A couple years ago, my son attended the Weil Academy summer camp. All I can say is, don't expect much. It is probably different if you are a full time student, which would mean that you are a pretty good player. I remember one day during the camp (Wednesday), they spent the entire morning playing soccer and other things over at a field near by, which really bugged me since I spent close to $500 for the camp to work on my sons game. The first day of the camp, Mark Weil had each and every kid stand, introduce themselves and say what they wanted to work on and get better at that week. My son said that he wanted to work on his serve. Well guess how much time they worked on serves other than during match play (which they do a ton of), ZERO. There was hardly any fed ball drills, which I would have expected more of. The week my son was there, the did a lot of court games such as king of the court.
My suggestion to you would be, if you aren't signing up for both weeks, sign up for the first week of the 2 week camp. When you arrive there, I would also suggest that you sign up for some privates (which we didn't do but wish we had) with Takeshi or Dimitar right from the beginning so that you get noticed and aren't lost amongst the other 60 kids. I found that the kids that were taking privates, got more attention than the kids who didn't.
Ojai is a great town and the club is awesome. My son enjoyed himself and made some friends, he just didn't get the tennis experience that we were looking for.
Here is a thread with pictures from my sons stay at camp;
My son just finished up the BYU tennis camp and I have to say, this camp was well worth it. They have a great daily progam which includes conditioning, drilling and lots of match play (singles and doubles). They don't take time away from the daily routine like the Weil camp did with playing soccer or frisbee for half a day. The first day they pretty much setup a round robin to see where you are at and then develop a ladder from that. The camp sets up four teams of 28 players (Navy, Blue, White and Tan) with pretty much equal amounts of male, female and ages. Each day the teams compete against each other and you are matched up based on your ability and where you are at on the ladder. The BYU camp also has a great end of day program as well (one activity is taking all of the players, both on campus and off campus, to the Seven Peaks water park). Lunch is included each day and if you are on campus, both breakfast and dinner as well.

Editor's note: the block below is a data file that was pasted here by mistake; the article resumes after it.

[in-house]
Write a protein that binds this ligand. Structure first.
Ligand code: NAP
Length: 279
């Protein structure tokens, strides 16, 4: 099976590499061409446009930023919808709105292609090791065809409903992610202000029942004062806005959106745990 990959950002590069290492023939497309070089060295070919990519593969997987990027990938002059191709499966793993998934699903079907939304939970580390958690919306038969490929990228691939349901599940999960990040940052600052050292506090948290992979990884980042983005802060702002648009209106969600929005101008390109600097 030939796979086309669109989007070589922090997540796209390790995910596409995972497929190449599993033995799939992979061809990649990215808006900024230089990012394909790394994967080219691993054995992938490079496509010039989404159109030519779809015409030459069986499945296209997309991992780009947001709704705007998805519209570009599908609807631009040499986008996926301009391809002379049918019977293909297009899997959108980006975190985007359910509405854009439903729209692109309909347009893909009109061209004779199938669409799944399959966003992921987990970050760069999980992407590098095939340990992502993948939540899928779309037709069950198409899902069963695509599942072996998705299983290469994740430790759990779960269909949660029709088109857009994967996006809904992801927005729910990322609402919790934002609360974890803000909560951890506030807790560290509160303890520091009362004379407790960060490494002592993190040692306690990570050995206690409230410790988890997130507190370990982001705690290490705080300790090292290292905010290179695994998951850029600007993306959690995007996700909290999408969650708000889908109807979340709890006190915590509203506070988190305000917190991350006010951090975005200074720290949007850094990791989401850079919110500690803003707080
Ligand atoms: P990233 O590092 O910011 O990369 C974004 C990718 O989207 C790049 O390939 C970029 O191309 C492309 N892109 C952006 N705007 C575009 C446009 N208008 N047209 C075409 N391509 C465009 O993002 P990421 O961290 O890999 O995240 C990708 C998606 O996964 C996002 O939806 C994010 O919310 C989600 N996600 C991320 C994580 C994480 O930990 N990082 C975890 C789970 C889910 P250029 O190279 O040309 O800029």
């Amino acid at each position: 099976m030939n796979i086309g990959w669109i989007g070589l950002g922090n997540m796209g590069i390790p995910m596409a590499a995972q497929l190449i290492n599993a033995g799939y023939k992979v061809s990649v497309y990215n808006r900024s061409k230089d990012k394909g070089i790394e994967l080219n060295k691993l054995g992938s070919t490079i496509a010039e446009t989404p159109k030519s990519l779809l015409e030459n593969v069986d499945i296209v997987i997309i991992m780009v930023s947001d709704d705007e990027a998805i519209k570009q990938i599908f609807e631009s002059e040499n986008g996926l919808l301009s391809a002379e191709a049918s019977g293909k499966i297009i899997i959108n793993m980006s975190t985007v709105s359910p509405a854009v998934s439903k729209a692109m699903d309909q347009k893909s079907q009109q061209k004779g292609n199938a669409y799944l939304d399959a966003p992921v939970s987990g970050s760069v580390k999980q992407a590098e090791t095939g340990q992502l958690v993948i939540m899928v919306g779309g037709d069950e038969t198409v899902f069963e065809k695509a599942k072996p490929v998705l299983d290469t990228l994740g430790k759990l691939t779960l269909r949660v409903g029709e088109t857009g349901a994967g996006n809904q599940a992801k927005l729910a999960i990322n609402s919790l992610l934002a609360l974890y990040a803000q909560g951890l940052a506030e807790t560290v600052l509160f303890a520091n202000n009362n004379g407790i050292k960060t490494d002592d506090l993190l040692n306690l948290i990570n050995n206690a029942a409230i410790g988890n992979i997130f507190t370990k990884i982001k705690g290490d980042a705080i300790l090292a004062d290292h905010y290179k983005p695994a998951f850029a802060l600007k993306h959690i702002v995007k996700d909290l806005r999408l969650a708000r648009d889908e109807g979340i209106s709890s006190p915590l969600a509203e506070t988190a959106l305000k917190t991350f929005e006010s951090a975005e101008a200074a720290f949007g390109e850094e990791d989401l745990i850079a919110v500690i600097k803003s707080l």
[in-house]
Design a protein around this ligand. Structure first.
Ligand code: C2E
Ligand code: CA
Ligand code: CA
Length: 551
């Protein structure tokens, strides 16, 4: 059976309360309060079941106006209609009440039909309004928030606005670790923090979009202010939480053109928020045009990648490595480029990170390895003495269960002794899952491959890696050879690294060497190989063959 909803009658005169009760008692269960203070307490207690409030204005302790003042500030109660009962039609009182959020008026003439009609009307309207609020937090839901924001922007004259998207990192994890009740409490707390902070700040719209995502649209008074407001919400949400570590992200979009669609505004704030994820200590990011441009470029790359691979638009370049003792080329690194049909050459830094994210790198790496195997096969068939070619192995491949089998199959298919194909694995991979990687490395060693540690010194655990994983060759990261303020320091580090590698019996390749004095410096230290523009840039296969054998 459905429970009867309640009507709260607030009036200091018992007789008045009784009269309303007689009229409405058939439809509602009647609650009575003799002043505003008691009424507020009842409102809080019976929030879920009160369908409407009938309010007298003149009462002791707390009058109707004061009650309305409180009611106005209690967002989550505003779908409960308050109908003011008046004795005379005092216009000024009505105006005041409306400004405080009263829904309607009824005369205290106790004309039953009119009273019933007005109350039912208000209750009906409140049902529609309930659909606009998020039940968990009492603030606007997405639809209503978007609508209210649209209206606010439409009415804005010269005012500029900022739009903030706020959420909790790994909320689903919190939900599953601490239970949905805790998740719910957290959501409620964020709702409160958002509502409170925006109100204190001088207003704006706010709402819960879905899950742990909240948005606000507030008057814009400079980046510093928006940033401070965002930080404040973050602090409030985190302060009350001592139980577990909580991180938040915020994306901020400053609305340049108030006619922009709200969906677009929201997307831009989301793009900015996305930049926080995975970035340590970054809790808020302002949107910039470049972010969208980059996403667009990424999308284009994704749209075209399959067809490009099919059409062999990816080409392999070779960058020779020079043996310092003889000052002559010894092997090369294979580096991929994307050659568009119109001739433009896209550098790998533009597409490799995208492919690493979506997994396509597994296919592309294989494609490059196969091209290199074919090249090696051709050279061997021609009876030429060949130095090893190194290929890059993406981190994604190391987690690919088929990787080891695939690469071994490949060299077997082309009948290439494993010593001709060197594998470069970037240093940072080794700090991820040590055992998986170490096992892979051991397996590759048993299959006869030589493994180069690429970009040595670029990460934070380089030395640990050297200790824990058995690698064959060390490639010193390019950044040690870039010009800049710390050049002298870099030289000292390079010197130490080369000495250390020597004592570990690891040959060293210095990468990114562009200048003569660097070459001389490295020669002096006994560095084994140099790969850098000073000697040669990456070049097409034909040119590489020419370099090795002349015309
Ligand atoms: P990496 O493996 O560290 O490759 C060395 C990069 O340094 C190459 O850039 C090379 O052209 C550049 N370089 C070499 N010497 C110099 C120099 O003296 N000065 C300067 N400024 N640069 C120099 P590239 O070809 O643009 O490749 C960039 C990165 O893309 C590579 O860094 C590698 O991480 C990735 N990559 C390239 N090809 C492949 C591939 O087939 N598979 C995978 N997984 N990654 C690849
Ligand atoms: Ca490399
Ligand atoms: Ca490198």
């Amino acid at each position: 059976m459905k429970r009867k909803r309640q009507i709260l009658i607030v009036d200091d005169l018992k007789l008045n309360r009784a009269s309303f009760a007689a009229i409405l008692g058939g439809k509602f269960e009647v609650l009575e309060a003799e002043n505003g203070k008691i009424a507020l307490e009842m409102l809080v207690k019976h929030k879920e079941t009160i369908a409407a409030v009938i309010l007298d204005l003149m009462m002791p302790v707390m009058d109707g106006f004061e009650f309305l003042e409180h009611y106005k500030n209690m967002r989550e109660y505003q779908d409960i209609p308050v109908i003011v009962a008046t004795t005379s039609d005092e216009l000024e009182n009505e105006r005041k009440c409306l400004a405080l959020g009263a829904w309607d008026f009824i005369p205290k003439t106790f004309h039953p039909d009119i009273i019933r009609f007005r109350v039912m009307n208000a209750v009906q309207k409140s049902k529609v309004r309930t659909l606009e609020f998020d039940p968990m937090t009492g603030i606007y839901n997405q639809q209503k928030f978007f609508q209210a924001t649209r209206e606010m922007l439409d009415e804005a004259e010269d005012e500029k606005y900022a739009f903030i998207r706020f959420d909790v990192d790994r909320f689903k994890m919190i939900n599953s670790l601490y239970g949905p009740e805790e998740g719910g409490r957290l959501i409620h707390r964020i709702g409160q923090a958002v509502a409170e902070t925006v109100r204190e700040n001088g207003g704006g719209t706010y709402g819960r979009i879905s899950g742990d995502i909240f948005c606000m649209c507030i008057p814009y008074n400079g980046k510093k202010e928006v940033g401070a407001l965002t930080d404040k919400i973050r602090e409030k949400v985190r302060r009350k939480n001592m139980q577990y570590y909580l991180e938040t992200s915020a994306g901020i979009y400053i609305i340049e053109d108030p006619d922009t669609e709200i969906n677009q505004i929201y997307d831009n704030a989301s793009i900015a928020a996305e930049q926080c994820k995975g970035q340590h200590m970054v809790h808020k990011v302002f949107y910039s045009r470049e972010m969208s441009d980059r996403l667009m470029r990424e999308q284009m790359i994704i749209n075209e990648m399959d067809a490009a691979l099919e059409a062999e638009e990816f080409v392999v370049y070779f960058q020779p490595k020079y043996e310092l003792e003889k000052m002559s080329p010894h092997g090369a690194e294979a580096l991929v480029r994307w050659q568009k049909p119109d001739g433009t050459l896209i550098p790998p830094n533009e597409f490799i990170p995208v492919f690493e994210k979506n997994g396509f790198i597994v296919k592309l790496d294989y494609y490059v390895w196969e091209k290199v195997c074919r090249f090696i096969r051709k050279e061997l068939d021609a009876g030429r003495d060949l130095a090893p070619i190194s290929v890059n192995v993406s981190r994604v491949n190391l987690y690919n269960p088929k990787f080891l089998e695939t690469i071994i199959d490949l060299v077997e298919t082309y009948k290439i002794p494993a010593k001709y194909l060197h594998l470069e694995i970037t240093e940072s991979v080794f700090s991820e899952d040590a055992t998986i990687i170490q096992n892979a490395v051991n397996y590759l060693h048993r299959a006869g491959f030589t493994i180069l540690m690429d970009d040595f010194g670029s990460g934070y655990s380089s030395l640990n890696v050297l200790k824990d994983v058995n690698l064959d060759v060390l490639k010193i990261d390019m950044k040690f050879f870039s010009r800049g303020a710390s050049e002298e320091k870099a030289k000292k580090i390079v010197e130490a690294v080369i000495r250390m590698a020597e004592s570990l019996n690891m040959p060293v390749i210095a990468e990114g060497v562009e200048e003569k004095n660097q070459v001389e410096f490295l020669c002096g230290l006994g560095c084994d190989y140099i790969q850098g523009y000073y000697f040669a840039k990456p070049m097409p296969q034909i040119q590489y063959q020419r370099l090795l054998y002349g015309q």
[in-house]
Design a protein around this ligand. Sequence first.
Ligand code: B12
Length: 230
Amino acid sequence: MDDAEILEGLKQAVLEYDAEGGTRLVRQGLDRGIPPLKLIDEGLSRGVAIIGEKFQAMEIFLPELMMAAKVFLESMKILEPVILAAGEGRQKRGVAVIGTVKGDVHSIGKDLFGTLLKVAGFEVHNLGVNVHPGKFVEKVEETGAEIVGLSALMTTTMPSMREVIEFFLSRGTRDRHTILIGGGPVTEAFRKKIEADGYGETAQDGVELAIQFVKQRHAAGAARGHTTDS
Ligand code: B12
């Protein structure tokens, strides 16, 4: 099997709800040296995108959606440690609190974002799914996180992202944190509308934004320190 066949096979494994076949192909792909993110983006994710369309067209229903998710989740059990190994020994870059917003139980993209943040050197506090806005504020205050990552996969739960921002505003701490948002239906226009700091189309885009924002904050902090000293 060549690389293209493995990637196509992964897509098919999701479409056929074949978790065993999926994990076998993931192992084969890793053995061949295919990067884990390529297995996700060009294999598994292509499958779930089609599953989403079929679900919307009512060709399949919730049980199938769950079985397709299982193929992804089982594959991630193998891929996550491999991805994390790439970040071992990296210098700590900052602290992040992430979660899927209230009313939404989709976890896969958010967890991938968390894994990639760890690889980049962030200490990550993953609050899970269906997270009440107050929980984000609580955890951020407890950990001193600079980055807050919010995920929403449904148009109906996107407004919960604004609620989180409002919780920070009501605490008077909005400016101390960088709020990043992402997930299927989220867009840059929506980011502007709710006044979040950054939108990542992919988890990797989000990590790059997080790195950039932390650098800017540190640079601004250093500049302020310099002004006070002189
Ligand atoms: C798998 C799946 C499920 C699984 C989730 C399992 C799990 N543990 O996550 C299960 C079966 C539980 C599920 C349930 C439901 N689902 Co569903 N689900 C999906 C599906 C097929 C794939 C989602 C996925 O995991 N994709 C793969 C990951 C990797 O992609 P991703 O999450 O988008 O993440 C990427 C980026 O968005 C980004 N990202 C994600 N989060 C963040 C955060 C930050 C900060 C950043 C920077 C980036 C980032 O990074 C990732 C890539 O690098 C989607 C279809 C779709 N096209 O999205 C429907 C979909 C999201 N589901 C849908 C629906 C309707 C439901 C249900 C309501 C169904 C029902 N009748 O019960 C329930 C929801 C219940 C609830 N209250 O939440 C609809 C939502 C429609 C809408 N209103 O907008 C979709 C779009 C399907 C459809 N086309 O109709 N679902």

Another great thing about this camp is on the last day, they take all of the players and setup 8 player singles tournaments. So, all of the #1 and #2 players are in a draw, #3 and #4 in a draw and so on down to #27 and #28. This camp has everything that my son and I were after, which was good instruction and hit a TON of balls.